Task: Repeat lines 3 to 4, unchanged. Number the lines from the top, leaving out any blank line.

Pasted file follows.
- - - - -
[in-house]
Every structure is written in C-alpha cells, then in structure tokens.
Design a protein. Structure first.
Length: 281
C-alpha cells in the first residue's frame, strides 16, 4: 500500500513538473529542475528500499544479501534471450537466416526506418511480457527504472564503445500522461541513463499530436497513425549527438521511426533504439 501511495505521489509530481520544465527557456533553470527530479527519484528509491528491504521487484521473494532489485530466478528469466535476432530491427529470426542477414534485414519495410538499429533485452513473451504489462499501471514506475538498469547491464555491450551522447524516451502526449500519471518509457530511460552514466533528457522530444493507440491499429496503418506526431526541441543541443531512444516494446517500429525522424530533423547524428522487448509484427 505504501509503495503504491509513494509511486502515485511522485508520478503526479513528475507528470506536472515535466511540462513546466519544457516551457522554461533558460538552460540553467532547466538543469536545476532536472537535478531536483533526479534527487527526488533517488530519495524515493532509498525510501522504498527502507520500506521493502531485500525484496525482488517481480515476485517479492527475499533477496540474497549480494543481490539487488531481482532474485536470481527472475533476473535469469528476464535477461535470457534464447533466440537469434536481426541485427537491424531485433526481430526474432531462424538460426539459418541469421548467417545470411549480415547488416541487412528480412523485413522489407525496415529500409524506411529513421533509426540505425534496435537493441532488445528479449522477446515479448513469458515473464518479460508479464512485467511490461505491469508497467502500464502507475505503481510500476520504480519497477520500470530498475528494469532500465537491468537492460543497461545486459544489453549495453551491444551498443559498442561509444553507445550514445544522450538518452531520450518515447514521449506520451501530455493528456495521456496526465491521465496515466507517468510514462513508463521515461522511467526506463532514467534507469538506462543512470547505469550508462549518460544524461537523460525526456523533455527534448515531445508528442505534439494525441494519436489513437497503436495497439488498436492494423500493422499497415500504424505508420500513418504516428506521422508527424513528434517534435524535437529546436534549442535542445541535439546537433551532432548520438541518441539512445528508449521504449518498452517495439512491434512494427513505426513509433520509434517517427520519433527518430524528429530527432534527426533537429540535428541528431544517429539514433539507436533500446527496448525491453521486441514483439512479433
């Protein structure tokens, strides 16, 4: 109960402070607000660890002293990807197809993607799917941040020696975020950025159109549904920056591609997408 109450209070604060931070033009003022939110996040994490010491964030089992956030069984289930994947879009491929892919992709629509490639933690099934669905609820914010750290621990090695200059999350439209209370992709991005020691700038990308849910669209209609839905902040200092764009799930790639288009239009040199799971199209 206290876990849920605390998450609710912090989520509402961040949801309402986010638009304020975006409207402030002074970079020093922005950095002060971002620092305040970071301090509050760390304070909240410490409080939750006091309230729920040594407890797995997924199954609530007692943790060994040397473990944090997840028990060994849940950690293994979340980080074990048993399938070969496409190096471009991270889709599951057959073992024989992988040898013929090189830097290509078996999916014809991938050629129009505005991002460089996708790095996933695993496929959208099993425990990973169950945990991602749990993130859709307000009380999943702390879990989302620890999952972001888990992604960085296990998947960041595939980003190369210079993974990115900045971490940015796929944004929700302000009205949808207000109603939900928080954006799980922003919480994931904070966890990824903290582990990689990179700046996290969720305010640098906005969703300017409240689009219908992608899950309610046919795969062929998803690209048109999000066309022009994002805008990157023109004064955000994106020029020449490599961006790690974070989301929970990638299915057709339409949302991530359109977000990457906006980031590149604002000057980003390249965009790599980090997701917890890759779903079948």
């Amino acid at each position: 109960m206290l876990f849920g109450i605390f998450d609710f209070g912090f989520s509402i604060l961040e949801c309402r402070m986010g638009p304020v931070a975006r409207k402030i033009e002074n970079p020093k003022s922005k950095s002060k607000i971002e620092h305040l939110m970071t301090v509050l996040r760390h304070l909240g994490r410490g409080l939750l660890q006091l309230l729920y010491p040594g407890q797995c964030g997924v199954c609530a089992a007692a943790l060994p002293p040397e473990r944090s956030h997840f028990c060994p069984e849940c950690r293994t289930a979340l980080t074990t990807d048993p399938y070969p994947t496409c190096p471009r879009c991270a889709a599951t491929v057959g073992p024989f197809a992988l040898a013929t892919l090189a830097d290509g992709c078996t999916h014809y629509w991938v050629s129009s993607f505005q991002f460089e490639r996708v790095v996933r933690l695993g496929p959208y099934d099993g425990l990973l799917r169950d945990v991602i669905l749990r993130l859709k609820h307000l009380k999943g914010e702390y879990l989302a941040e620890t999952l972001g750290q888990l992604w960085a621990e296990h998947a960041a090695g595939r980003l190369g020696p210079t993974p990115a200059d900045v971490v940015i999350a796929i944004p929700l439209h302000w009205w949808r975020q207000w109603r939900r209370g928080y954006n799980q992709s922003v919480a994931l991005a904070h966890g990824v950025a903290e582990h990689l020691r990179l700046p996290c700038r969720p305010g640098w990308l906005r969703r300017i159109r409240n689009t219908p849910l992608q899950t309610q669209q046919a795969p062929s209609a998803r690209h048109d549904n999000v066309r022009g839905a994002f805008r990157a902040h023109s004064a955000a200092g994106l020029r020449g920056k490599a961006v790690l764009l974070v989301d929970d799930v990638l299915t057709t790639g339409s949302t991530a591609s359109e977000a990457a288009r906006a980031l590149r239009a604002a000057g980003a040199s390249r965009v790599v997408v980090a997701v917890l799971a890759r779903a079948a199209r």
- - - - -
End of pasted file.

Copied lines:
Design a protein. Structure first.
Length: 281